Friday 21 March 2014

A Spot Of Bother

It was a rather quiet morning on the car! I'd taken the temporary lull in jobs as an opportunity for coffee with a fellow FRU! It's nice when you get some company on the car as it can me quite a lonely place at time. It's been described as prolonged periods of boredom, occasionally interrupted by moments of sheer terror. I think that is pretty accurate! 

"New Road @ Station Road"

Not two sips into my coffee, a job! A road name @ another road name, usually means an RTC. It could be someone just outside by more often than not it's an RTC. I had no other details yet so just started heading in the right direction. One of the problem with the FRU is when you're driving on blue lights it is very difficult to see any updates that appear on the screen. A buzzer goes of and the message appears in red when the call taker gets more information. The next update was the determinant, which is the main problem, i.e.; Breathing problems, Chest pain, Stroke, RTC etc.

"New Road @ Station Road, Stabbing / Shooting"

Really?! On a tuesday-bloody-morning! Come on! I upped my pace slightly, because despite my shock and horror at a stabbing or a shooting so early in the day, I bloody love stabbing and shootings! I'm not weird, most of us love a juicy trauma really! I started making mental plans of what I might see, what I might need etc.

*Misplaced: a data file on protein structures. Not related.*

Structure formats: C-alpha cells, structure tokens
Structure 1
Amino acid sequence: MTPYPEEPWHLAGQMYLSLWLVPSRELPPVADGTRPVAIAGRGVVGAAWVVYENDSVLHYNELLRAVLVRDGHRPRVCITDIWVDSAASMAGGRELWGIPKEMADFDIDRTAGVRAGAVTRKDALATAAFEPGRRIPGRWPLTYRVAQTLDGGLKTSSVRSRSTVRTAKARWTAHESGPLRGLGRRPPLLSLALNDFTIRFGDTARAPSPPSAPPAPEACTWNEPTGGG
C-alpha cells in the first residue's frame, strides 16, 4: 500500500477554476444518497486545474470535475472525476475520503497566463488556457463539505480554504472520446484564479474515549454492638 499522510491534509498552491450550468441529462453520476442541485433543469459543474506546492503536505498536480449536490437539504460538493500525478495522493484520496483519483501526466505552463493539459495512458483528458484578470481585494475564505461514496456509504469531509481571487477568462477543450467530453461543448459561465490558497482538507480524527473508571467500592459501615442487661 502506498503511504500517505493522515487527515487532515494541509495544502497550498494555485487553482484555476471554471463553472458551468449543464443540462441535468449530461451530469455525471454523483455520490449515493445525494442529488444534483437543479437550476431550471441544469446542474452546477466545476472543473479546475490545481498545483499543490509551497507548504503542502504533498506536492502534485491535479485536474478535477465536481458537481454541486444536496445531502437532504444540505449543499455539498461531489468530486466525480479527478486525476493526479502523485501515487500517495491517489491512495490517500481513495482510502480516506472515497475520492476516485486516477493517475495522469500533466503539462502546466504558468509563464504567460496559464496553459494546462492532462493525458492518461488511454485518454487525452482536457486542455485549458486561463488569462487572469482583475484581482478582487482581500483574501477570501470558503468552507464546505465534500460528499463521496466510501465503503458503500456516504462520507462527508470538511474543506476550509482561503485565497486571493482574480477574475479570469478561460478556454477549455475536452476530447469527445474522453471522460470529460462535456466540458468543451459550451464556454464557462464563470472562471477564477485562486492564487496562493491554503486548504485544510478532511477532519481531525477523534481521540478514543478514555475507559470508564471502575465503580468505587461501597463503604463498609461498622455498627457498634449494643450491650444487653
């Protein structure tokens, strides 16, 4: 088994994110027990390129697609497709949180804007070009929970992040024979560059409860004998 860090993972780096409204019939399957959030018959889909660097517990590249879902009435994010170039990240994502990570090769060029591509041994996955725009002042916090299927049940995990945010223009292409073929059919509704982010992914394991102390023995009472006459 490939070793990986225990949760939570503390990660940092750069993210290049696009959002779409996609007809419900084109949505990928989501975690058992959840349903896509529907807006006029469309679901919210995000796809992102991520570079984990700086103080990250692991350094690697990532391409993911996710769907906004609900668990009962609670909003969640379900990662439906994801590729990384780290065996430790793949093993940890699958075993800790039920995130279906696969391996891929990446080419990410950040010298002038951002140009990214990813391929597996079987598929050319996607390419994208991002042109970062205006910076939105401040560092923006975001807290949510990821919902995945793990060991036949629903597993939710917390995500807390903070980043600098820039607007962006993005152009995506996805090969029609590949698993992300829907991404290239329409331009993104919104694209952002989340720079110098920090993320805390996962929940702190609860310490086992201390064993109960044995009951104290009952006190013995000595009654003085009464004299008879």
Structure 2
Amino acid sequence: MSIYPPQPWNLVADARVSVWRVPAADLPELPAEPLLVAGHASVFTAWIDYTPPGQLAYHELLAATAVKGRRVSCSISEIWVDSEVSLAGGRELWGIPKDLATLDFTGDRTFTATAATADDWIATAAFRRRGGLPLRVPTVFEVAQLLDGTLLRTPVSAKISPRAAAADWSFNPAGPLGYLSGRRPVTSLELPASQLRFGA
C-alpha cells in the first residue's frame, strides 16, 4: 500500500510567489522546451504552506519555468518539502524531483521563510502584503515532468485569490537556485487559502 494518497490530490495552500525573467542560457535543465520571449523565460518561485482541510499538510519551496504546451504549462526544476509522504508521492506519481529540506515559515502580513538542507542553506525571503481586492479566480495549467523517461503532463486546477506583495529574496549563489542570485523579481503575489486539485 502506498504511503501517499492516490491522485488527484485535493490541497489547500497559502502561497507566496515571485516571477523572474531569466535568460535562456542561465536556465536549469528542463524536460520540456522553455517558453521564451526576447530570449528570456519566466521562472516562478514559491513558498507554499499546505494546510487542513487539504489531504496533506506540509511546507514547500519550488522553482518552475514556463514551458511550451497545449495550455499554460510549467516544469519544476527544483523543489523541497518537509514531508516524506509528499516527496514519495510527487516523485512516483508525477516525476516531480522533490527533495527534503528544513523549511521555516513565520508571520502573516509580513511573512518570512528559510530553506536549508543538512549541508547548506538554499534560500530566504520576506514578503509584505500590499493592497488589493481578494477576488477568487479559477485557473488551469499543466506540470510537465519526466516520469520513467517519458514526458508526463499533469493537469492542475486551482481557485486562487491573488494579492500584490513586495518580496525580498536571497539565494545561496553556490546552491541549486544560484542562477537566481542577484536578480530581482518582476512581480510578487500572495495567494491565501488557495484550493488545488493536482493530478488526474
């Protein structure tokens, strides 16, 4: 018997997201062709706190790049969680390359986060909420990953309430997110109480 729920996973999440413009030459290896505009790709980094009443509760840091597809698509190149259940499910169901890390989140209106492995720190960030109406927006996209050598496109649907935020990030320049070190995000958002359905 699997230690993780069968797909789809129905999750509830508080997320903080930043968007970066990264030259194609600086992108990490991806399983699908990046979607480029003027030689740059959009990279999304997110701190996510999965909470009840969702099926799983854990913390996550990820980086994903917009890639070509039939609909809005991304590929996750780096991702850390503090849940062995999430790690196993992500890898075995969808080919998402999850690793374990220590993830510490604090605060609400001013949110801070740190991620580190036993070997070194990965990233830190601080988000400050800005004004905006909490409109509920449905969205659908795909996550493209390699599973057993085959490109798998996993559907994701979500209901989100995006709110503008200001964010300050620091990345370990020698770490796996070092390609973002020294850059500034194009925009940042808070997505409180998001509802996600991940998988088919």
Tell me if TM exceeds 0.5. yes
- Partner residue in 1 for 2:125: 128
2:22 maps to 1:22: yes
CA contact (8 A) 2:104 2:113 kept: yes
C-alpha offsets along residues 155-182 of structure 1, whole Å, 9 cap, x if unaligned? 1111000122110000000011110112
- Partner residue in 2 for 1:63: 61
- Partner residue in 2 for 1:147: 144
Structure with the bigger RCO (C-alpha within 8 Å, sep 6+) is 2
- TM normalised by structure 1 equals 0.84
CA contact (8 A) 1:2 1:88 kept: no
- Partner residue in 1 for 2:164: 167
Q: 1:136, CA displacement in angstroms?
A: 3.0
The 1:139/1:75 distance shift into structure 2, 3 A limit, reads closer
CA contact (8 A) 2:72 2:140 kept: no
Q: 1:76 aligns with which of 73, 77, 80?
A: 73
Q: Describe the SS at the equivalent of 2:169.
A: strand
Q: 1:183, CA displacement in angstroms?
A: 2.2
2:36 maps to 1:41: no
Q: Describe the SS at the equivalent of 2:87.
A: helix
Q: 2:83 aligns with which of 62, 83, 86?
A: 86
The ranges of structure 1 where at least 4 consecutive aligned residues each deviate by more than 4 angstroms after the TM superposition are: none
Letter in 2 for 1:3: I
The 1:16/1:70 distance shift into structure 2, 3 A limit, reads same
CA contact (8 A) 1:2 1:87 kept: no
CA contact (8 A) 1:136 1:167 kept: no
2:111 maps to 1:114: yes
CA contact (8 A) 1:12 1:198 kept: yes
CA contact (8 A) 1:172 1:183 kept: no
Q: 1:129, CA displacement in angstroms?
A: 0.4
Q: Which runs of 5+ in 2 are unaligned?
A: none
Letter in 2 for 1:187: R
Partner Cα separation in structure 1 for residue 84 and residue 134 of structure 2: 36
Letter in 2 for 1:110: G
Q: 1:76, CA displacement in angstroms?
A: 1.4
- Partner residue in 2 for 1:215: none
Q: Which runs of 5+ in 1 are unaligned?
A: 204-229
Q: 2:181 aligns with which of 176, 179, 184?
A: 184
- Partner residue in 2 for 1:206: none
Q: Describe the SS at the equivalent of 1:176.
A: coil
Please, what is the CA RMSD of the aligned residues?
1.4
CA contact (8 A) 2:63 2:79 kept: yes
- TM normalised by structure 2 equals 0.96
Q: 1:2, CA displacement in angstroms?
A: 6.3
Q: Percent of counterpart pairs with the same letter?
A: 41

"New Road @ Station Road, 17 year old male, impaled on metal fence, report on arrival"

IMPALED?! How did he manage to get impaled?! What is he impaled on?! What is he impaled through?! No time to come up with a plan though, I was arriving on scene!

There was a small crowd beneath the patient, supporting him up in the air. All the heads turned to face me as I got out of the car. That look of expectation mixed with panic on all of their faces! 

*cue emergency face*

They were looking at me as the 'specialist in impaled human removal'. Sadly for them I was far from it! I'd never done an impaling so I was about as experienced as all of them! The patient was panicking atop of his spiked metal fence and to be fair, I would be to! The spikes were about 8-10 inches long and by the look of things he was impaled on two of them, through his inner-thigh. It was hard to tell because he was 8ft in the air! 

His panicking was getting worse. I wanted him to stay still, and wanted everyone to continue helping to support his weight. It really was a logistical nightmare! I radioed into control and requested Fire, Police and HEMS. Fire to chop the fence and bring some ladders, Police to block the road, and HEMS to.....well, just do what HEMS do best! Unfortunately, hearing me ask for the entire world and his wife, the patient panicked further and despite my shouting at him not to, in one big burst of energy he lifted / prized his body off the spikes and fell into our waiting arms.

"Red base, patient is no longer impaled, cancel fire, update HEMS, patient has an arterial bleed from his femoral artery."